An OSHA official says his agency's resources are "strained," and that they are spending more time on accident investigation than accident prevention. What does that mean for the staffing industry?
Due to new reporting requirements that took effect at the start of 2015, companies must now notify OSHA within 24 hours of any amputations, workers hospitalized overnight or loss of an eye.
Previously, employers only had to report all work-related fatalities and hospitalizations of three or more employees, according to the federal government agency.
Despite the reporting changes, Cincinnati Area OSHA Director Bill Wilkerson told the Cincinnati Journal-News funding and staffing levels haven’t changed.
“We have been inundated,” he said.
Accident Prevention Work Is Waning
However, he added OSHA is not intended to only respond to accidents.
“It’s putting a strain on our resources and the ability to do a thorough investigation (when an accident occurs). We’re keeping up with it, but it’s tough.”
By spending more time responding to accidents, OSHA is spending less time on planned inspections of companies with dangerous track records, educational programming or checking out employee-reported complaints according to the article.
Wilkerson says there are government programs in place that are designed to improve safety measures such as reducing fall hazards.
Enforcing those programs in the past would afford OSHA inspectors the chance to visit a business and review their safety practices. There is less time to do that now, Wilkerson said.
“I can only speak for the experience of this office…but I think we’re pretty typical. We’re finding it difficult to do these other types of investigations which are really designed to be more preventive.”
Historically, OSHA has relied on voluntary compliance for companies to correct safety hazards. Employers have an incentive to keep accident and injury rates as low as possible for insurance purposes.
Amputations and other serious accidents are calculated as part of a work site accident rate that can prompt an OSHA visit.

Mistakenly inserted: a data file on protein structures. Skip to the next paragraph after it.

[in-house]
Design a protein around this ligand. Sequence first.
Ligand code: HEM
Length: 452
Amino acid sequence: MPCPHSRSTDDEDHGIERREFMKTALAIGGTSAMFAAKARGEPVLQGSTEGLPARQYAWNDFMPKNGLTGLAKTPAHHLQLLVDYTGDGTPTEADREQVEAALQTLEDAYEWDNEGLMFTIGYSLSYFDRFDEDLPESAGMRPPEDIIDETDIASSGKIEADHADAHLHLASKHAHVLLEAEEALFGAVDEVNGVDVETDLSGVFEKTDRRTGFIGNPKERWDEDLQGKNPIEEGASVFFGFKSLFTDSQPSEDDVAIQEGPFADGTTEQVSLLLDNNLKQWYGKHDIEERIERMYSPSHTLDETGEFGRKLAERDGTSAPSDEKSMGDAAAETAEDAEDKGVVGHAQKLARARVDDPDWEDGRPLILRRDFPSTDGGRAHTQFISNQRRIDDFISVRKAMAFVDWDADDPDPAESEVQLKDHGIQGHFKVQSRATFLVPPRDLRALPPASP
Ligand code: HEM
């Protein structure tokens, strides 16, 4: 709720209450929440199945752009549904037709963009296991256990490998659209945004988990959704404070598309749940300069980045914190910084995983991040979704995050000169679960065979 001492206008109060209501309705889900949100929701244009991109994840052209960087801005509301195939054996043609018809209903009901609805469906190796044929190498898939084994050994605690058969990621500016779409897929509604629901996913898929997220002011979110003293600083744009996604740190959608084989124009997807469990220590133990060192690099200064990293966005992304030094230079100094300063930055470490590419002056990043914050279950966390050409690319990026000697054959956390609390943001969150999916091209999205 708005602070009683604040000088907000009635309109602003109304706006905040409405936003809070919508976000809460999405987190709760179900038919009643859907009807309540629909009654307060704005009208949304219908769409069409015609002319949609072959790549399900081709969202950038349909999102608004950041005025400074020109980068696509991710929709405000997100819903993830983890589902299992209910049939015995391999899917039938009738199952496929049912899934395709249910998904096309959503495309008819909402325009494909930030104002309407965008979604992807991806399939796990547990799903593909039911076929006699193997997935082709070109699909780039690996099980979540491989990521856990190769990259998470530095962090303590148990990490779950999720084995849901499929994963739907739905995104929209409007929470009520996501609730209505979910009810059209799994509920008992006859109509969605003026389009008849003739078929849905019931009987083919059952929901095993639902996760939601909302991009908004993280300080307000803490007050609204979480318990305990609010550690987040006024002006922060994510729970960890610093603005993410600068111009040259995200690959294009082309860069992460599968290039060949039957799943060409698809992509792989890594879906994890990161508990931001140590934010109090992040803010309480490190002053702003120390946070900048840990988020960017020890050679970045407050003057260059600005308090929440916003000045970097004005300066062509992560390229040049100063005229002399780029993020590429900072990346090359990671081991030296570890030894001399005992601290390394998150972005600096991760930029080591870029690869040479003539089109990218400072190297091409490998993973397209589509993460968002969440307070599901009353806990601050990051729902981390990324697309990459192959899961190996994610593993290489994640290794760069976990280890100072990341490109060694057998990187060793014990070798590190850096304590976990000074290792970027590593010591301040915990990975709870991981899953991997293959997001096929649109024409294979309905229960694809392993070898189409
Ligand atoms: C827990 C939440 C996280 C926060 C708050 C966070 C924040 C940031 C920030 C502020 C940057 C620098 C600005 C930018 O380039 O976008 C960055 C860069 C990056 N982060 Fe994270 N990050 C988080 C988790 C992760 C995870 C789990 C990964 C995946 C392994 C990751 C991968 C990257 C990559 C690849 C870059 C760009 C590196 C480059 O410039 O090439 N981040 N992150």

Injury rates also impact a company’s workers’ compensation insurance premiums.
Safety Training Is Being Reduced
A younger and less experienced workforce, as well as a reduction in safety training may be responsible for the rise in workplace accidents and fatalities.
“There may be just too little regard being paid to instructing people on safe work practices, having proper safety programs and procedures in place and making sure that people follow up on these things,” Wilkerson said.
He also added that you can’t always expect people to behave in the way you trained them.
An Ohio union official told the Journal-News companies are driving costs down, and workplace safety goes down with it.
"Where are they going to start cutting corners when you drive that low on costs? Safety’s one of the first things you can cut out,” said Matt Von Stein, president and membership development director of International Brotherhood of Electrical Workers Local 648.
What Can Staffing Companies Do?
Staffing Talk contributor Scott Morefield of @Work Personnel Services says staffing pros should ask for the OSHA log from any potential client or customer as part of your workplace safety due diligence process.
"The first red flag should pop up if they can’t produce the log, or certainly if they ask what an OSHA log is. If that happens you should stand up, politely say your goodbyes, then turn around and hightail it out of there."
Morefield opines that no staffing agency should ever send a worker to a workplace they haven't actually visited themselves.
"Why would you ever consider sending someone to a work site where you have absolutely zero control over YOUR employee’s duties, yet all of the responsibility when something goes wrong? We aren’t safety experts, to be sure, but walking through a facility can tell us a lot, especially once we have a few walkthroughs under our belt.
What To Look For
- Is it clean and orderly?
- Is there an emphasis on safety?
- Are the workers wearing PPE?
- Do they seem happy?
- What tasks will your employees perform?
- What do other temps at the plant do versus full-time employees?
- Do the jobs look dangerous, and if so, how do they ensure workers are safe?
- Will temps receive the same safety training as full-time employees?
"If you don’t do the walkthrough, you are flying completely blind," says Morefield. "Not only will you not be aware of the kinds of dangers your people could face, but your staffers won’t be able to properly describe the job to prospects."